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Supreme Court of Pennsylvania
May 20, 1924, Argued ; July 8, 1924
[*133] [**200] OPINION BY MR. JUSTICE SADLER:
At the November election of 1923, the citizens of the Fifth Ward of Lancaster City balloted for a select councilman. The returns from the local board showed Lewis, the Democratic and coalition candidate, to be credited with a total of 869 votes, while his Republican opponent was noted as having received 861. Later, under the provisions of the Act of May 22, 1923, P.L. 309, the proper officer made known the result of the count of the "absent voters," which added three to the total of the first named, and twenty for the latter, thus apparently causing the election of Bare. To contest this decision, a petition was presented to the court of quarter sessions, in which the validity of the legislation referred to was attacked, [***3] its unconstitutionality being urged on many grounds, and it was asked that the additional ballots cast by mail be rejected in making the final computation. This contention was sustained below, and a certificate of election directed to be issued to Lewis. From the decision rendered, this appeal was taken.
] An act of assembly being assailed here as violative of the fundamental law of the State, it is necessary that it be examined in light of the controlling constitutional provisions, for presumptively it is valid. The statute in question provides an elaborate system for the issuing, marking and recording of the ballot of a qualified voter "who by reason of his duties, business or occupation [may be] unavoidably absent from his lawfully designated election district, and outside of the county of which he is an elector, but within the confines of the United States," on the day of holding any election. More than thirty of the states of the Union now have absentee voting laws of similar character, -- usually limited in the grant of privilege to those in military service, -- and, in most cases, authorized by special constitutional provision: [*134] 14 A.L.R. 1256. Whether such [***4] legislation can be sustained in Pennsylvania depends upon the wording of our Constitution, in the interpretation of which we are aided by consideration of what has been decided previous to its adoption.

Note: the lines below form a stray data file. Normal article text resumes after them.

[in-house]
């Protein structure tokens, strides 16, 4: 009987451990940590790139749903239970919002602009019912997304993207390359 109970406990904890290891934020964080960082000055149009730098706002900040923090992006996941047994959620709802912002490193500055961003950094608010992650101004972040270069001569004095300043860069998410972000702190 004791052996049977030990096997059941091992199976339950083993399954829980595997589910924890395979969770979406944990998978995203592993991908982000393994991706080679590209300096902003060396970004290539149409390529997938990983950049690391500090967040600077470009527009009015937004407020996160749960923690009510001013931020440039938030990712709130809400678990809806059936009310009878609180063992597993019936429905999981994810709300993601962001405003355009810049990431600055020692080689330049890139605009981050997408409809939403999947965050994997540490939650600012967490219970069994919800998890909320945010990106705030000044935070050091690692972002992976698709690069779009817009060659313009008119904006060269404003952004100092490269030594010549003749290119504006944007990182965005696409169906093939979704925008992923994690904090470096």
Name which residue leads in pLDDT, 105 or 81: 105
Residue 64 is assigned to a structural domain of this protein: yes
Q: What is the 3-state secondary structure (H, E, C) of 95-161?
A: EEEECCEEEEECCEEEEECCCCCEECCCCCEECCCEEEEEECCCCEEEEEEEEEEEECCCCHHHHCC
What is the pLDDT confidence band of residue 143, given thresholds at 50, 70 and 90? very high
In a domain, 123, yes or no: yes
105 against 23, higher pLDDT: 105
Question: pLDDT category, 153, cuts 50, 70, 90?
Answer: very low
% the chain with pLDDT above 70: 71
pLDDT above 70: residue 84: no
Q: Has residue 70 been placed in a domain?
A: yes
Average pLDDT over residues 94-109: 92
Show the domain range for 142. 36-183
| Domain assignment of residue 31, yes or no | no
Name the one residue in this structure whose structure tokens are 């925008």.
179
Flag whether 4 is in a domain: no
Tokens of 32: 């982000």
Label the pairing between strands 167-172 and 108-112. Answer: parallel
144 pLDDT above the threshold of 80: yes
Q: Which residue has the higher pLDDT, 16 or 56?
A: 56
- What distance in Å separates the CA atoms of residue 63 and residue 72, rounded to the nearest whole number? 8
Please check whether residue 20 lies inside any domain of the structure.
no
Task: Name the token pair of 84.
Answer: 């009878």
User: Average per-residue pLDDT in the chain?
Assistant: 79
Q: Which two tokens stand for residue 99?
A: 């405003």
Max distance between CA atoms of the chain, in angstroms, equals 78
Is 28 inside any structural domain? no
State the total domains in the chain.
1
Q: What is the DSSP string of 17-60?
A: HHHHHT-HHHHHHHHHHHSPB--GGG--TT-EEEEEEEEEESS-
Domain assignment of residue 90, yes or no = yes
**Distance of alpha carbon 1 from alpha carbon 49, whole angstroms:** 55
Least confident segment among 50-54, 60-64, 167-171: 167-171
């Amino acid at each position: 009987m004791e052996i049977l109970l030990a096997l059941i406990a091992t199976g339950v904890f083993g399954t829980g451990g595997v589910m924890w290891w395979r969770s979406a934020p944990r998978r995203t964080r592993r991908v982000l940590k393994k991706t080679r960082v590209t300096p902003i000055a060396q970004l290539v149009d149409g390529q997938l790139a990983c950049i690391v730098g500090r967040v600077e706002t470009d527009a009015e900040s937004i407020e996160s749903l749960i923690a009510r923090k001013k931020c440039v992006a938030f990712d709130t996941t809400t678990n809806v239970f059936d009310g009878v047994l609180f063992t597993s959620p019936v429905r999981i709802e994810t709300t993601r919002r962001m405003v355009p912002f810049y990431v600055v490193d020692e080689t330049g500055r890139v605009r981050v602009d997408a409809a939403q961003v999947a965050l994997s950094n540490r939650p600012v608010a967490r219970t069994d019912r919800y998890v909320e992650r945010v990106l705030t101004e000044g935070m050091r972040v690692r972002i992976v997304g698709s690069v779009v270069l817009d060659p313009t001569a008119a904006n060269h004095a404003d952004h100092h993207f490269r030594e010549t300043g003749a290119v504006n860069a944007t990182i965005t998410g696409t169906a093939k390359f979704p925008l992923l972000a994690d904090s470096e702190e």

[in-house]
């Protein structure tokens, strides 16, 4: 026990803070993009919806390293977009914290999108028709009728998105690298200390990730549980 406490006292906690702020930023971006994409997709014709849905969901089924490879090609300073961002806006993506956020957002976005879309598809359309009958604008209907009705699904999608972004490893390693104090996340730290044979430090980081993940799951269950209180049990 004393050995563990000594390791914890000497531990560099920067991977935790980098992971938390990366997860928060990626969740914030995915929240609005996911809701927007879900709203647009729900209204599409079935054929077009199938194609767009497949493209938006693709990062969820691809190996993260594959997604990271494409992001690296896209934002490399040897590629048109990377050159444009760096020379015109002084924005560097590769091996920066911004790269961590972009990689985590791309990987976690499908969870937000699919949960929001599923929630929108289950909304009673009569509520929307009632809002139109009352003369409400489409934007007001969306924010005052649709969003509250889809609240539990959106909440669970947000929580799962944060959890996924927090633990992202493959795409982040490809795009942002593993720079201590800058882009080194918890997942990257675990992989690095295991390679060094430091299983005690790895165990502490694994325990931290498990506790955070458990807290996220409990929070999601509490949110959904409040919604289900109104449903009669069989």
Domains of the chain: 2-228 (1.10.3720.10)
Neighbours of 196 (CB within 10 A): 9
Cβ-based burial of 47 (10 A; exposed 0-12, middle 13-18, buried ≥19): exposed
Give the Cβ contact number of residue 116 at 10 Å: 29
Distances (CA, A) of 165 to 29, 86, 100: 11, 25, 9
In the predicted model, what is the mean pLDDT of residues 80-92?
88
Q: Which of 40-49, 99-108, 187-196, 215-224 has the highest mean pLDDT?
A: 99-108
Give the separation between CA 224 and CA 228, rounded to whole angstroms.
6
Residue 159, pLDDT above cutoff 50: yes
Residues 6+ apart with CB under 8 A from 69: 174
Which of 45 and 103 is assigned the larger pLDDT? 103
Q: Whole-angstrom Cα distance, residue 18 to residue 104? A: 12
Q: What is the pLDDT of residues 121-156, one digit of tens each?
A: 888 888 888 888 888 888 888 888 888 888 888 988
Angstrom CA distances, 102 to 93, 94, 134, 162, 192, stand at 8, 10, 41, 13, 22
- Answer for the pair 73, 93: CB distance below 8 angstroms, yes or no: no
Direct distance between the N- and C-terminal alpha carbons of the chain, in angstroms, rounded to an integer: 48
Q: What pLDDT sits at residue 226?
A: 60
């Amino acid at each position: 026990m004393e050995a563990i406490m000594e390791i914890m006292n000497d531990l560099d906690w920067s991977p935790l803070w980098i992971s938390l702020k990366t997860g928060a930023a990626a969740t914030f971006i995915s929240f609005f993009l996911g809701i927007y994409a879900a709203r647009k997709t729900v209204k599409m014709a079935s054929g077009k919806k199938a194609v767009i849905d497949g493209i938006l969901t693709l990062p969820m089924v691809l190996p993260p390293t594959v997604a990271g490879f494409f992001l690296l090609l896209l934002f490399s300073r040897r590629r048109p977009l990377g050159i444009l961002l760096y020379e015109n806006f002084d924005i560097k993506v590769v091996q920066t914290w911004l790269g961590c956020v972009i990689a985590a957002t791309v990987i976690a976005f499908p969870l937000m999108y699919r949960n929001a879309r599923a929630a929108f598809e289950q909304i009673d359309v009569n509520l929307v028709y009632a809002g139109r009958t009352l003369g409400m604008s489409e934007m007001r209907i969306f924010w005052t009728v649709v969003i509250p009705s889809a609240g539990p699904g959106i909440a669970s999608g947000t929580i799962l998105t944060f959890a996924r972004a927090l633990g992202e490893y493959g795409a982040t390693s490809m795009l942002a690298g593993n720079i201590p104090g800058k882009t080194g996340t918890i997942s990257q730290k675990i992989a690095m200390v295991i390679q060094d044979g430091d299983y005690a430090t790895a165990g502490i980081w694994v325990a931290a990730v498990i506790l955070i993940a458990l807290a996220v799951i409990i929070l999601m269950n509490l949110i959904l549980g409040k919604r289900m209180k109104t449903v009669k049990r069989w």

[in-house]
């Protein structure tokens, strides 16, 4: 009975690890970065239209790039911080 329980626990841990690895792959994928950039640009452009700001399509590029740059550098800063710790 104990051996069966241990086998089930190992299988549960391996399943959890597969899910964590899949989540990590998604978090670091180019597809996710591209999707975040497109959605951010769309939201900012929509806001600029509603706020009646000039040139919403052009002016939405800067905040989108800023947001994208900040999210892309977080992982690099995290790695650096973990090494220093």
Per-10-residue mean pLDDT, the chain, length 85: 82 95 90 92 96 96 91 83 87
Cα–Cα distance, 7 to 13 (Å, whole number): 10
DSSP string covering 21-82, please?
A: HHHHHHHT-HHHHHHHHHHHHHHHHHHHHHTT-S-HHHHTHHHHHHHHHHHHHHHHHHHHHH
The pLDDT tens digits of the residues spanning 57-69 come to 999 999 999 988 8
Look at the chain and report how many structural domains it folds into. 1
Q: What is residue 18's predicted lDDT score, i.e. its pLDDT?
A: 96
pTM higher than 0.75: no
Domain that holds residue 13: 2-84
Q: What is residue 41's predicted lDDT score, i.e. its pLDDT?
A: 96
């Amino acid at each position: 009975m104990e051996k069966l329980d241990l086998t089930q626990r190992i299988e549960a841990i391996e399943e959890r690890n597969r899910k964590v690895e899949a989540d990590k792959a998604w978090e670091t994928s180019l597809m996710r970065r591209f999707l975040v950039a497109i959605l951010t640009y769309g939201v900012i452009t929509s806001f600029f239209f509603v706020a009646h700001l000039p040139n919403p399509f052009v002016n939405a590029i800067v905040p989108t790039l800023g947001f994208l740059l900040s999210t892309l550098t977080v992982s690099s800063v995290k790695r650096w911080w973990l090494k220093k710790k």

In 1790, amended in 1838, it was provided by the organic law that "in elections by the citizens every white freeman of the age of twenty-one years, having resided in the State one year, and in the election district, where he offers to vote, ten days immediately preceding such election, and within two years paid a state or county tax, which shall have been assessed at least ten days before the election, shall enjoy the right of an elector." Later, in 1839, the legislature enacted a general law regulating the conduct of elections (July 2, 1839, P.L. 519), and, by sections 43 to 50, directed that soldiers in actual service could have their votes recorded in the manner therein prescribed. The question of the right to exercise this special privilege was brought before this court in a contest from Luzerne County in 1861, and the adverse determination then made is controlling now, unless there has been some change in the fundamental law which makes necessary a different conclusion.
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281 Pa. 131 *; 126 A. 199 **; 1924 Pa. LEXIS 583 ***; 35 A.L.R. 815
Lancaster City's Fifth Ward Election
Prior History: [***1] Appeal, No. 325, Jan. T., 1924, by Ira H. Bare, respondent, from order of Q.S. Lancaster Co., Quarter Sessions Journal, page 184, in election contest in case of Lancaster City's Fifth Ward Election. Affirmed.
Petition in election contest. Before HASSLER, J.
The opinion of the Supreme Court states the facts.
Order entered declaring election of Leonard L. Lewis to office of select councilman of Fifth Ward of Lancaster City. Ira H. Bare, respondent, appealed.
Error assigned was order, quoting it.
Disposition: The decree is affirmed; costs to be paid by the County of Lancaster.
election, ballot, voting, electoral district, regulation, voter, qualifications
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